When Josh's mother dies in a phobia-induced car crash, she leaves two questions for her grieving family: how did a snake get into her car and how do you mourn with no faith to guide you?
Twelve-year-old Josh is left alone to find the answers. His father is building a time machine. His four-year-old brother's closest friend is a plastic Power Ranger. His psychiatrist offers nothing more than a blank journal and platitudes.
Isolated by grief in a home where every day is pajama day, Josh makes death his research project. He tests the mourning practices of religions he doesn't believe in. He tries to mend his little brother's shattered heart. He observes, records and waits—for his life to feel normal, for his mother's death to make sense, for his father to come out of the basement.
His observations, recorded in a series of journal entries, are funny, smart, insightful—and heartbreaking. His conclusions about the nature of love, loss, grief and the space-time continuum are nothing less than life-changing.
"An original and entertaining take on grief and coping with loss...[Josh] is easy to relate to and sustains this story with his strong, thoughtful and funny voice."
"Will resonate with those who have experienced a loss, even one not as traumatic as the loss of a mother, and its gentle portrayal of the stages of grief will strike a chord with those who are starting to think about the big questions of life and death and loss."
"The characters in Walking Backward are human, quirky and likeable...Josh's narrative perspective gives it humor and emotional honesty...An appealing book and a good pick for understanding the loss of a parent."
"Austen's protagonist is an endearing blend of smart-aleck and lost boy. The story - recounted in journal entries - deftly tackles such weighty topics as atheism, grief and the ties that bind a family together."
"This will appeal to young people looking for a sad novel, as well as those wanting to relate to another's trauma...A definite success. Recommended."
"As Josh struggles to understand his family, moments of great tenderness and emotion emerge…Josh comes to accept that dealing with loss is a messy, frustrating, and painful matter that cannot be avoided through mere ritual."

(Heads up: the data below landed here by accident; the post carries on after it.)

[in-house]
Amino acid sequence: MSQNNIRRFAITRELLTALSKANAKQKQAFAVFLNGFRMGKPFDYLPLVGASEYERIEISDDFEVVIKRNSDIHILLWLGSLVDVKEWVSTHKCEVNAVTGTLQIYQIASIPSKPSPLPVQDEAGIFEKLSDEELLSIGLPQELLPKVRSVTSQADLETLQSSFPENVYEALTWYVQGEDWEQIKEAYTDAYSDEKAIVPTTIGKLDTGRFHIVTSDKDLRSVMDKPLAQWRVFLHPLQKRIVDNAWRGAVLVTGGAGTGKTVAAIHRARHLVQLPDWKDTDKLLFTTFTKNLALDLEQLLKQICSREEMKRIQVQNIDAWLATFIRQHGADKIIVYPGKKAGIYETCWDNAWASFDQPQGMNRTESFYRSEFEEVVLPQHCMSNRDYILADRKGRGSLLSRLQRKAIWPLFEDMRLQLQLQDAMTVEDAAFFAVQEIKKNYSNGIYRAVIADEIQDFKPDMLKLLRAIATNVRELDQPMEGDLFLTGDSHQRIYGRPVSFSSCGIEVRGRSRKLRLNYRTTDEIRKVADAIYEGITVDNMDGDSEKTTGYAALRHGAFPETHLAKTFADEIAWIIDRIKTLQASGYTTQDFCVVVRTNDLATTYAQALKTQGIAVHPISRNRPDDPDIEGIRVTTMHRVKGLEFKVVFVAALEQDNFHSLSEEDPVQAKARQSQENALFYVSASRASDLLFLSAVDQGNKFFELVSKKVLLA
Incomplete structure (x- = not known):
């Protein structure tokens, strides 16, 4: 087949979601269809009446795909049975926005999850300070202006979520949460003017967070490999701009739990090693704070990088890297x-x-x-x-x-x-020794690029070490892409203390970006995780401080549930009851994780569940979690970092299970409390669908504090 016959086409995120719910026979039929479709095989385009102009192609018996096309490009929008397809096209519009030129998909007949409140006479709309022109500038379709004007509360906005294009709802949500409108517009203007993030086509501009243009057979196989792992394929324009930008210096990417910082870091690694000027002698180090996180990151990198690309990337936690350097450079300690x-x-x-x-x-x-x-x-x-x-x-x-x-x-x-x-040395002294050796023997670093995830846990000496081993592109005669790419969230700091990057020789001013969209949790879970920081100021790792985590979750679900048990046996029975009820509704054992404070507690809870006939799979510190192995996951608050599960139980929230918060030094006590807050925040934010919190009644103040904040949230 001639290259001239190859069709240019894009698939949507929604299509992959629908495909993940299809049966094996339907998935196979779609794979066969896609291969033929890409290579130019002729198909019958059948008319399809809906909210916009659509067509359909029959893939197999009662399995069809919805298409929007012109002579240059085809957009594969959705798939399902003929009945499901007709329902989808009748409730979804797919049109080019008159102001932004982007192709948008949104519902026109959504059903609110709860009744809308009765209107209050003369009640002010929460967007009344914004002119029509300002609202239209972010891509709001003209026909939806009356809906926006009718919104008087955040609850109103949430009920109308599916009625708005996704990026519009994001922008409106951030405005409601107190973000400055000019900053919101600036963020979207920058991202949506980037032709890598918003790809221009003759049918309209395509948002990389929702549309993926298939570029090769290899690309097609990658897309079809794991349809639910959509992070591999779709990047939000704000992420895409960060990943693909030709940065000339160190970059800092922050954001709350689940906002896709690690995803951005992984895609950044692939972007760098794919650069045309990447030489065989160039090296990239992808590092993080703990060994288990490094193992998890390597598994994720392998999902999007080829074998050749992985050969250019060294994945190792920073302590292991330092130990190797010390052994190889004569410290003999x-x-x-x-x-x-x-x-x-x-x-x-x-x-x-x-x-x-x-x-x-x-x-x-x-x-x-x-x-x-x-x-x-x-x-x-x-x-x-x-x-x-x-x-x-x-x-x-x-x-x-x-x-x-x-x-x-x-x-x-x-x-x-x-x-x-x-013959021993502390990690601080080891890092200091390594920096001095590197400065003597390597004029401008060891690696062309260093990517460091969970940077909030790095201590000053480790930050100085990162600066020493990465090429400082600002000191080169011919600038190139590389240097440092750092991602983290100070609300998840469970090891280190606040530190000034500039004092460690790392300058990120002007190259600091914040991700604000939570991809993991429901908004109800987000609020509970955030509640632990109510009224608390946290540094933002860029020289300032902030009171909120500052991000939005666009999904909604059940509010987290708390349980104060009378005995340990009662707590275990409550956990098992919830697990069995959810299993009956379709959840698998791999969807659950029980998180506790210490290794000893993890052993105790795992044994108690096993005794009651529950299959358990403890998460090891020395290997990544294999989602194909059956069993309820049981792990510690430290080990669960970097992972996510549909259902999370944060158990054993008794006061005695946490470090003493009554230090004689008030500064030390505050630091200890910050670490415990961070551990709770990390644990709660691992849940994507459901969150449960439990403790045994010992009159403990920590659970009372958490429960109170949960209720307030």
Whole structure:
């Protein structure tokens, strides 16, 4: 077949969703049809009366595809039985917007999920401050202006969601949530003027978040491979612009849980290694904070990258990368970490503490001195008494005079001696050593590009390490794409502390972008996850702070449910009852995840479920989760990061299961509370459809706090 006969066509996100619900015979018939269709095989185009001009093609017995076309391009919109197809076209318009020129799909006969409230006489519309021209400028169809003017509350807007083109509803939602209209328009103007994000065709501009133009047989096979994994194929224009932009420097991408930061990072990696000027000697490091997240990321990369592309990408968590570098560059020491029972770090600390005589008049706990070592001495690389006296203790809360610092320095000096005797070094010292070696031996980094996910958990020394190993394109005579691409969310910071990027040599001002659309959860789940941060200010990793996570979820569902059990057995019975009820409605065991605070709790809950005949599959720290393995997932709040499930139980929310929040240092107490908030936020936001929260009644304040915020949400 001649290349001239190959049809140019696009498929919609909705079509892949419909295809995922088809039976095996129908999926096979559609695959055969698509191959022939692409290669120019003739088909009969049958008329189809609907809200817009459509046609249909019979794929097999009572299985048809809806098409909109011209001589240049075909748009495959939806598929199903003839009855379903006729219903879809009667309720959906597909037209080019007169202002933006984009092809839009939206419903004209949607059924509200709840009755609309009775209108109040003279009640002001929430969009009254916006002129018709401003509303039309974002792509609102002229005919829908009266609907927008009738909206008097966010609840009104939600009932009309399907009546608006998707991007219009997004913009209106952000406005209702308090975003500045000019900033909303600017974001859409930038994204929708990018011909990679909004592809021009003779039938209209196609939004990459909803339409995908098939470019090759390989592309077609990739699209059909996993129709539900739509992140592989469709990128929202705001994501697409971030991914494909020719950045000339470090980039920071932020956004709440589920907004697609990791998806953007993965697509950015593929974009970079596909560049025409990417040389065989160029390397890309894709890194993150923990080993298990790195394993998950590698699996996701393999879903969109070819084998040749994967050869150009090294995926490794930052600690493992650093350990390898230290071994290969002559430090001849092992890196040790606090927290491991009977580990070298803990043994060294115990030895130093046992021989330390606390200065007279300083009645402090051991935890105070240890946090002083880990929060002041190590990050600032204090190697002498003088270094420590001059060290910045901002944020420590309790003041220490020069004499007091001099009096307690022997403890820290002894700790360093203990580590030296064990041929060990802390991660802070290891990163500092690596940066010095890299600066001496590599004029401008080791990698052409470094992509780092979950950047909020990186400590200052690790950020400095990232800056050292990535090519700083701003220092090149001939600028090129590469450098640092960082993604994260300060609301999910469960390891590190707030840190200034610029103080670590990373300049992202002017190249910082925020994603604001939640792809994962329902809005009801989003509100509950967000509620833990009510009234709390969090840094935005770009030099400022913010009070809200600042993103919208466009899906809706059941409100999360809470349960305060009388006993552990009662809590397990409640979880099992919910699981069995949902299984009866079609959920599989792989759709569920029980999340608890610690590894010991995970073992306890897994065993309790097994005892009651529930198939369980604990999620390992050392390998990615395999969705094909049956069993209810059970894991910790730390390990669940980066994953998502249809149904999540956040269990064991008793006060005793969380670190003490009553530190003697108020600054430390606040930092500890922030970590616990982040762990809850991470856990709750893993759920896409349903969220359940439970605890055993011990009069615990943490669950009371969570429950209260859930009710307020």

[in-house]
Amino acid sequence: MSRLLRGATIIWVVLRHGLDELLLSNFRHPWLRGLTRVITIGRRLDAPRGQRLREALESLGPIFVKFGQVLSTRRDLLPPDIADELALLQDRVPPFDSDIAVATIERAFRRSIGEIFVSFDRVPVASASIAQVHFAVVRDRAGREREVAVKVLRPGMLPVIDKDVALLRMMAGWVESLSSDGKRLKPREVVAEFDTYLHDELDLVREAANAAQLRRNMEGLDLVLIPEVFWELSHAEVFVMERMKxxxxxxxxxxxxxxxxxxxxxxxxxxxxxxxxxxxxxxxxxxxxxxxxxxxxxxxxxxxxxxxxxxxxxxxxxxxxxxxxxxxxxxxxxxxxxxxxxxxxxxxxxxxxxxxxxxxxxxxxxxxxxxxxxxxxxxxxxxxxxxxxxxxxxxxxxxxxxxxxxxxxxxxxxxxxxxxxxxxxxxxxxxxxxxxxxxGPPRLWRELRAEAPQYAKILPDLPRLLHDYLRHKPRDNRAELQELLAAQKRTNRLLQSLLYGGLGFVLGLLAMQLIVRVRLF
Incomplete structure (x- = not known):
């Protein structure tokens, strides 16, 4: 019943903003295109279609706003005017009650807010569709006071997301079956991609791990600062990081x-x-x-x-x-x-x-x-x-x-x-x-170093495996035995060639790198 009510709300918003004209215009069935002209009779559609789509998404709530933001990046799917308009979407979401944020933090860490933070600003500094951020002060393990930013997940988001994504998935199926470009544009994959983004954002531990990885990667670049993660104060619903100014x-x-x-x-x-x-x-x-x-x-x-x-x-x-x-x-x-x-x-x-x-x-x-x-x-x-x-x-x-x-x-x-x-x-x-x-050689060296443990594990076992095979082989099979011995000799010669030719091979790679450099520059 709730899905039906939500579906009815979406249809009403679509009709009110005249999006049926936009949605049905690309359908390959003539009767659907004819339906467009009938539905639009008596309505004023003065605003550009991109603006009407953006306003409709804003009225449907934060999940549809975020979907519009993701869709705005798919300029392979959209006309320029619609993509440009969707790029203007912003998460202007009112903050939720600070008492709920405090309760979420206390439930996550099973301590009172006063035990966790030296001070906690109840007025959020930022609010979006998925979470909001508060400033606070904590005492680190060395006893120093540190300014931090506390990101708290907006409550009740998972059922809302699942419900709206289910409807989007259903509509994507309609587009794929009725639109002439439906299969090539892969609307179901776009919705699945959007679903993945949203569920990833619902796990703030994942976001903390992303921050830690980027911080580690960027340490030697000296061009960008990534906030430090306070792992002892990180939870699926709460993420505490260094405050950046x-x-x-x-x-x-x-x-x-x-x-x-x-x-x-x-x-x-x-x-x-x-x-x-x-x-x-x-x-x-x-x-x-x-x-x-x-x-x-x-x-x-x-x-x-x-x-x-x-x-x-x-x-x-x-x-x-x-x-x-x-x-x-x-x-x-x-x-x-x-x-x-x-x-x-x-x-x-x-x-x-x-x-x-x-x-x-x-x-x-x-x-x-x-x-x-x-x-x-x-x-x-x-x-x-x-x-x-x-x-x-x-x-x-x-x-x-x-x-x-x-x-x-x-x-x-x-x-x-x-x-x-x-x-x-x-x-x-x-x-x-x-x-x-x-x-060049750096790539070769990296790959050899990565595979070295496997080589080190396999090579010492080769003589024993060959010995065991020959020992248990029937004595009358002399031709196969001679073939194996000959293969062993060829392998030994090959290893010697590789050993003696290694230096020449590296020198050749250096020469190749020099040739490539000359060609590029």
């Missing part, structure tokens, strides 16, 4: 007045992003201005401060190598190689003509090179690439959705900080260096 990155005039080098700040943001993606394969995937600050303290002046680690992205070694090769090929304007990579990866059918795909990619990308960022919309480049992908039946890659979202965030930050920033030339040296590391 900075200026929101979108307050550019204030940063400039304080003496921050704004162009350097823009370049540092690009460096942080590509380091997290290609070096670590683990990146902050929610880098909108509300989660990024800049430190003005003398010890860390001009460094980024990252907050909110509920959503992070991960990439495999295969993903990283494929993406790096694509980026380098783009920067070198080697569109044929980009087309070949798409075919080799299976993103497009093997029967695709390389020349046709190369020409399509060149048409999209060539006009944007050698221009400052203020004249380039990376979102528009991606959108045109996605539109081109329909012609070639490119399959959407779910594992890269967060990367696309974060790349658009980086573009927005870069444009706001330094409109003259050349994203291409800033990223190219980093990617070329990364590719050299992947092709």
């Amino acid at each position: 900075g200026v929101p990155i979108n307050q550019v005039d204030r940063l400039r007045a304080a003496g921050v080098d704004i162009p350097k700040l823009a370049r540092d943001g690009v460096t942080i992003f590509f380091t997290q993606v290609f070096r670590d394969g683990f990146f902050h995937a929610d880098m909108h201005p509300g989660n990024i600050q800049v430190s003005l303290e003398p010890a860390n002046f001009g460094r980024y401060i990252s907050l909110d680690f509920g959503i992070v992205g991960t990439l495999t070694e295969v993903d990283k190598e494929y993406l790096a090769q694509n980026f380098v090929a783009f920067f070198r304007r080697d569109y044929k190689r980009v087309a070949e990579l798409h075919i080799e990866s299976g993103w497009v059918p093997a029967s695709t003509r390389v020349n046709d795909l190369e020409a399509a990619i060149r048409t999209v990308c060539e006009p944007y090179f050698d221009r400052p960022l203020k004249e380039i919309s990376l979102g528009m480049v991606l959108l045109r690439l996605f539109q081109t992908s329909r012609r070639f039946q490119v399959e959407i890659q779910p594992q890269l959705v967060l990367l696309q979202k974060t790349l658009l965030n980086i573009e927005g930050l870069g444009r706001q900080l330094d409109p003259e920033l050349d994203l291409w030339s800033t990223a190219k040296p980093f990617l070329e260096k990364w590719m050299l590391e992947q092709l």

"Josh's wise-beyond-his-years voice will admirably answer the call when young patrons ask for 'sad' books and also provide counsel when young people must deal first-hand with the loss of a loved one."
"Satisfying and realistic. This book would be a good catalyst for discussions about the impact of phobias or dealing with grief. Recommended."
"In this impressive debut novel, Josh keeps a journal to chart his feelings and thoughts, allowing readers to follow his journey from sadness to acceptance and the eventual return of cohesion in his family. Given the subject matter, the story is never maudlin, and Josh's voice rings natural and true. An elegantly crafted volume of lasting power."
"A charming and sometimes whimsical story."
"This novel's refusal to sentimentalize loss or to accept quick or predictable solutions in conjunction with its ability to create a realistic and complex protagonist allows for a refreshing perspective on the story of the loss of a parent."
"Josh's sense of humour, which lightens the somber subject matter of this novel, comes to light throughout the book...While professionals may find this novel useful as bibliotherapy, Walking Backward is much more than a therapeutic tool. With its well-drawn characters and depth of understanding, this work of children's literature should withstand the test of time...Highly Recommended."
"The dead-parent genre is a busy one, but Austen breaks from the pack with this confident and peculiar debut… Austen is more interested in people's alternately funny and haunting reactions to grief… Austen is unsentimental about anger and regret, and that alone makes this a refreshing change of pace."
"Throughout his emotional journey, Josh's voice is both natural and believable. Austen is both unsentimental and unapologetic in her employment of precise and elegant prose, and the complicated and often humorous reactions to grieving practices lend themselves to an enjoyable read."
"Austen comments - subtly, non-judgmentally - on the secular, nuclear nature of the contemporary North American family… Her writing cuts straight to the heart. She delivers a wise, rich novel, wonderfully compelling for children and adults alike."
"Differs from most bereavement stories in both its male narrator and its genuine, if quiet and rueful, humor… The result is a book that perceptively gives weight to the small as well as the large ways bereavement can change a family and grief can intermix with the continuation of life."